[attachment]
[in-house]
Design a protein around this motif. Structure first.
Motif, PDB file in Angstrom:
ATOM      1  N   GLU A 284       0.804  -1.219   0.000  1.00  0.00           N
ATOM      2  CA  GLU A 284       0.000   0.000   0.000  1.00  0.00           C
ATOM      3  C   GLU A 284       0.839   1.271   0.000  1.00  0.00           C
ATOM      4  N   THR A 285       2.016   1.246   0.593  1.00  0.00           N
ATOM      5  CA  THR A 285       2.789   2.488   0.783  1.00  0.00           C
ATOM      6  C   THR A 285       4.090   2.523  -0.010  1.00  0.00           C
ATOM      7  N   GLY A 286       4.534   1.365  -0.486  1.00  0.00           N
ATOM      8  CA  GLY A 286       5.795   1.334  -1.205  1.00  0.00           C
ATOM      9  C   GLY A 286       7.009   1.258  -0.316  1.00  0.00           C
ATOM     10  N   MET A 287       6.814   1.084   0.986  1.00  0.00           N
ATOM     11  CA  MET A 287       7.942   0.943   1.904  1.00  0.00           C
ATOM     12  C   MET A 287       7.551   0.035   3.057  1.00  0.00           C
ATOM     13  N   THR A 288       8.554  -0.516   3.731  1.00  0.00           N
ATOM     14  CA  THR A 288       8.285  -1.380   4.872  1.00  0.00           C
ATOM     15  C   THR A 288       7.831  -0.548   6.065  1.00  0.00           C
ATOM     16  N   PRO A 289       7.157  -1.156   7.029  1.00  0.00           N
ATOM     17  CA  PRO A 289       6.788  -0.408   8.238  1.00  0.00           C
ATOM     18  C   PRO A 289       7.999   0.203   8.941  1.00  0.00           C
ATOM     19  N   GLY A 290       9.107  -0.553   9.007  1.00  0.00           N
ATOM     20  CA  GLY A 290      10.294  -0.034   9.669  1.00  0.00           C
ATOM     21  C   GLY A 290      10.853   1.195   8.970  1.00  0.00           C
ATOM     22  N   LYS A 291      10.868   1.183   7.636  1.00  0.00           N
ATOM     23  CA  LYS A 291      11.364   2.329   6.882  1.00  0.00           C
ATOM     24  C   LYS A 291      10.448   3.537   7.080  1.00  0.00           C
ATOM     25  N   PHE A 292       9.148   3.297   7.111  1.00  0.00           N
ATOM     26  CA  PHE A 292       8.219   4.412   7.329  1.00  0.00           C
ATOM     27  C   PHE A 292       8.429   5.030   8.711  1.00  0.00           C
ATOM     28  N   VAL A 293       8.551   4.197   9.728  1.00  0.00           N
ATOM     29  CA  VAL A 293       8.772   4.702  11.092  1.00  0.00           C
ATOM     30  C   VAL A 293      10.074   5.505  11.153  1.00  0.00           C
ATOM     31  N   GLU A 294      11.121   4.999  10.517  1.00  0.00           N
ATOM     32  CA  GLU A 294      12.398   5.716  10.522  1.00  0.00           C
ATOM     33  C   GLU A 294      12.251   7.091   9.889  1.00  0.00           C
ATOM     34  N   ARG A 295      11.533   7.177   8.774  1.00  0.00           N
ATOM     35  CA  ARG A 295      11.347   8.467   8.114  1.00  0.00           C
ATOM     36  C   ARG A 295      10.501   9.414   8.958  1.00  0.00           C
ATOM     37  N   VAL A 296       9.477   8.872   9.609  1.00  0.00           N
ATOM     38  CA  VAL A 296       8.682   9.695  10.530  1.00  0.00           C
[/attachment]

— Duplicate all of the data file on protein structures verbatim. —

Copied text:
[in-house]
Design a protein around this motif. Structure first.
Motif, PDB file in Angstrom:
ATOM      1  N   GLU A 284       0.804  -1.219   0.000  1.00  0.00           N
ATOM      2  CA  GLU A 284       0.000   0.000   0.000  1.00  0.00           C
ATOM      3  C   GLU A 284       0.839   1.271   0.000  1.00  0.00           C
ATOM      4  N   THR A 285       2.016   1.246   0.593  1.00  0.00           N
ATOM      5  CA  THR A 285       2.789   2.488   0.783  1.00  0.00           C
ATOM      6  C   THR A 285       4.090   2.523  -0.010  1.00  0.00           C
ATOM      7  N   GLY A 286       4.534   1.365  -0.486  1.00  0.00           N
ATOM      8  CA  GLY A 286       5.795   1.334  -1.205  1.00  0.00           C
ATOM      9  C   GLY A 286       7.009   1.258  -0.316  1.00  0.00           C
ATOM     10  N   MET A 287       6.814   1.084   0.986  1.00  0.00           N
ATOM     11  CA  MET A 287       7.942   0.943   1.904  1.00  0.00           C
ATOM     12  C   MET A 287       7.551   0.035   3.057  1.00  0.00           C
ATOM     13  N   THR A 288       8.554  -0.516   3.731  1.00  0.00           N
ATOM     14  CA  THR A 288       8.285  -1.380   4.872  1.00  0.00           C
ATOM     15  C   THR A 288       7.831  -0.548   6.065  1.00  0.00           C
ATOM     16  N   PRO A 289       7.157  -1.156   7.029  1.00  0.00           N
ATOM     17  CA  PRO A 289       6.788  -0.408   8.238  1.00  0.00           C
ATOM     18  C   PRO A 289       7.999   0.203   8.941  1.00  0.00           C
ATOM     19  N   GLY A 290       9.107  -0.553   9.007  1.00  0.00           N
ATOM     20  CA  GLY A 290      10.294  -0.034   9.669  1.00  0.00           C
ATOM     21  C   GLY A 290      10.853   1.195   8.970  1.00  0.00           C
ATOM     22  N   LYS A 291      10.868   1.183   7.636  1.00  0.00           N
ATOM     23  CA  LYS A 291      11.364   2.329   6.882  1.00  0.00           C
ATOM     24  C   LYS A 291      10.448   3.537   7.080  1.00  0.00           C
ATOM     25  N   PHE A 292       9.148   3.297   7.111  1.00  0.00           N
ATOM     26  CA  PHE A 292       8.219   4.412   7.329  1.00  0.00           C
ATOM     27  C   PHE A 292       8.429   5.030   8.711  1.00  0.00           C
ATOM     28  N   VAL A 293       8.551   4.197   9.728  1.00  0.00           N
ATOM     29  CA  VAL A 293       8.772   4.702  11.092  1.00  0.00           C
ATOM     30  C   VAL A 293      10.074   5.505  11.153  1.00  0.00           C
ATOM     31  N   GLU A 294      11.121   4.999  10.517  1.00  0.00           N
ATOM     32  CA  GLU A 294      12.398   5.716  10.522  1.00  0.00           C
ATOM     33  C   GLU A 294      12.251   7.091   9.889  1.00  0.00           C
ATOM     34  N   ARG A 295      11.533   7.177   8.774  1.00  0.00           N
ATOM     35  CA  ARG A 295      11.347   8.467   8.114  1.00  0.00           C
ATOM     36  C   ARG A 295      10.501   9.414   8.958  1.00  0.00           C
ATOM     37  N   VAL A 296       9.477   8.872   9.609  1.00  0.00           N
ATOM     38  CA  VAL A 296       8.682   9.695  10.530  1.00  0.00           C